LAND OF THE DEAD is an important event, for reasons of re-appropriation, as well as for its many virtues. Given its budget, the film will do just fine no matter how it performs theatrically; the box office may depend on whether today’s youth market prefers its zombies scampering about in a mindless scenario, or staggering along with the weight of subtext on their 3rd world shoulders. I’ve been teaching for over twenty-five years, and it’s been impossible not to notice a fatalistic lethargy creeping into the student body in recent semesters. Perhaps they won’t want to have their zombies chew on ideas…just human flesh. We shall see. It would be a shame for them not to come out en masse to support one of the beacons of the independent film in this country, and a man who has consistently given us the most intelligent genre films of the last forty years..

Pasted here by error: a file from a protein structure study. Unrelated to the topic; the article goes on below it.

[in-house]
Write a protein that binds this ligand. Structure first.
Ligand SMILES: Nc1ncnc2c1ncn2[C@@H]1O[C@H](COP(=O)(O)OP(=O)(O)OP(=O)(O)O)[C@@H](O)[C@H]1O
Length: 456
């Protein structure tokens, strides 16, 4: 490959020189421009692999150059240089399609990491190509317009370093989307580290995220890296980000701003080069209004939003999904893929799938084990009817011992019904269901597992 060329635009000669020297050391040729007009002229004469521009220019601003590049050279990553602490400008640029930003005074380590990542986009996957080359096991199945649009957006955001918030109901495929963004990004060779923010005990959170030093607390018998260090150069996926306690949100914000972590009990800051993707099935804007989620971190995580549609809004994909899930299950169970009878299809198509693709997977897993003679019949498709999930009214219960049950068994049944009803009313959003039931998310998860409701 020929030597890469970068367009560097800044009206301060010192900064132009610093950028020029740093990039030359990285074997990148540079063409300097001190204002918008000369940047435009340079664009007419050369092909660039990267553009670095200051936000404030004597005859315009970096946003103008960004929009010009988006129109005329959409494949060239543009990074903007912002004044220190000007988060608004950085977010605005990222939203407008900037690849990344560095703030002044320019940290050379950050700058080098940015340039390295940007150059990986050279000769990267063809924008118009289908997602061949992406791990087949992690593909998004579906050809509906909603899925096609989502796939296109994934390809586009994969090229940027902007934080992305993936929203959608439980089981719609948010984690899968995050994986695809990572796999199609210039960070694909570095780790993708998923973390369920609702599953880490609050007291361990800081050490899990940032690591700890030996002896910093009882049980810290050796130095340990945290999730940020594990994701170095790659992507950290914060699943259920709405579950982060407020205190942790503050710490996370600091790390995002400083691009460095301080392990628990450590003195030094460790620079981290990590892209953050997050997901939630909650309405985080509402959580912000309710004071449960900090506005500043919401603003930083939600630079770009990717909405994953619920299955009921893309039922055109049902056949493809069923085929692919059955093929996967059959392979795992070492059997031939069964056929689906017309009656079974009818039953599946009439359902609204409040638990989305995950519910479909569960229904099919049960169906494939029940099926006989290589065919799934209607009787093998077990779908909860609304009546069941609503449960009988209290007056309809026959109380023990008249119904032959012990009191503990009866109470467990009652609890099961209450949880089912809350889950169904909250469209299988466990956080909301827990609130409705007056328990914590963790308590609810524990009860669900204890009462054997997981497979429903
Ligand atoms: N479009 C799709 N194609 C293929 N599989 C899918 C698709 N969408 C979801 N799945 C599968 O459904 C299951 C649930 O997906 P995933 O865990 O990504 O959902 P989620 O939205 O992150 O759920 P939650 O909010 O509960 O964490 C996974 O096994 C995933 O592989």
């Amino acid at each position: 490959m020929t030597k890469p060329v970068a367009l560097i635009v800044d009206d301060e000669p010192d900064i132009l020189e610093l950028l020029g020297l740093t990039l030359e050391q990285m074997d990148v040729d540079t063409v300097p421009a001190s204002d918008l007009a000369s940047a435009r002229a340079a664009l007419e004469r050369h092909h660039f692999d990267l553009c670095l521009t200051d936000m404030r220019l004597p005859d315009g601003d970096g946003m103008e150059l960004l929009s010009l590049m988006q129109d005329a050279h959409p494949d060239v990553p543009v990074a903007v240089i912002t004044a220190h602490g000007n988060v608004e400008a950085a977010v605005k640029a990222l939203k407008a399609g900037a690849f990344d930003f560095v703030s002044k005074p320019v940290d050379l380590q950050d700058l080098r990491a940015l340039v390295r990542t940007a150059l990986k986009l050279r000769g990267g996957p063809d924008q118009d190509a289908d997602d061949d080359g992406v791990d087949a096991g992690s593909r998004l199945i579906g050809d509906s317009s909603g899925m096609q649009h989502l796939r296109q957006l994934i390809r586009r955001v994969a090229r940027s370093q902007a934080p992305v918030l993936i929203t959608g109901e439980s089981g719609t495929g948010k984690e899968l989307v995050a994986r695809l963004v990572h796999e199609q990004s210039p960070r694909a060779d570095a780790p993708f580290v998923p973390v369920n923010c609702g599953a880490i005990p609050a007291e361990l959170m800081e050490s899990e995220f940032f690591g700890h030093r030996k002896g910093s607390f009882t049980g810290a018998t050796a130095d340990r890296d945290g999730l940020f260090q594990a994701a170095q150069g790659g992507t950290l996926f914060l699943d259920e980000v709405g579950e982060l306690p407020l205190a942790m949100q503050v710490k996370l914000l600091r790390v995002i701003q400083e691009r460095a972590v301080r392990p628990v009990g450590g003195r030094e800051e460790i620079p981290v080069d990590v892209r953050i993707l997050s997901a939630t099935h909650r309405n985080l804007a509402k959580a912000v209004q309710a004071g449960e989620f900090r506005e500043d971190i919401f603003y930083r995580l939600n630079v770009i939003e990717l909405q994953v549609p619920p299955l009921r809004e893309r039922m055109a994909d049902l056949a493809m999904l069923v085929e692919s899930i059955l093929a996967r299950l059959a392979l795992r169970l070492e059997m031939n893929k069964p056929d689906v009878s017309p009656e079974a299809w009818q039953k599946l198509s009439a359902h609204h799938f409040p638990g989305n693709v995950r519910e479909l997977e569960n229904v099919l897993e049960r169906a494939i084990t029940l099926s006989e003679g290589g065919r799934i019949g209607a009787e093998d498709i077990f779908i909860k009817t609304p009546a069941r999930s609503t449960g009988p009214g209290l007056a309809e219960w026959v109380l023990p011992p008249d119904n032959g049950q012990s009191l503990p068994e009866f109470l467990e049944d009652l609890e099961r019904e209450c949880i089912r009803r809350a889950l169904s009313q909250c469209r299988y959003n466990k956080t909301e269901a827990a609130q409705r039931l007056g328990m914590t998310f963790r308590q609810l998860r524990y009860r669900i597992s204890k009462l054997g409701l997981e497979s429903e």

Cast:
Simon Baker
Dennis Hopper
John Leguizamo
Asia Argento
Robert Joy
Eugene Clark.

Credits:
Director/Screenwriter – George Romero.
Producers – Peter Grunwald, Mark Canton, Bernie Goldmann.
Director of Photography – Miroslaw Baszak.
Special Makeup Supervisors – Greg Nicotero & Howard Berger.
Gore Unit Director – Greg Nicotero.
Editor – Michael Doherty.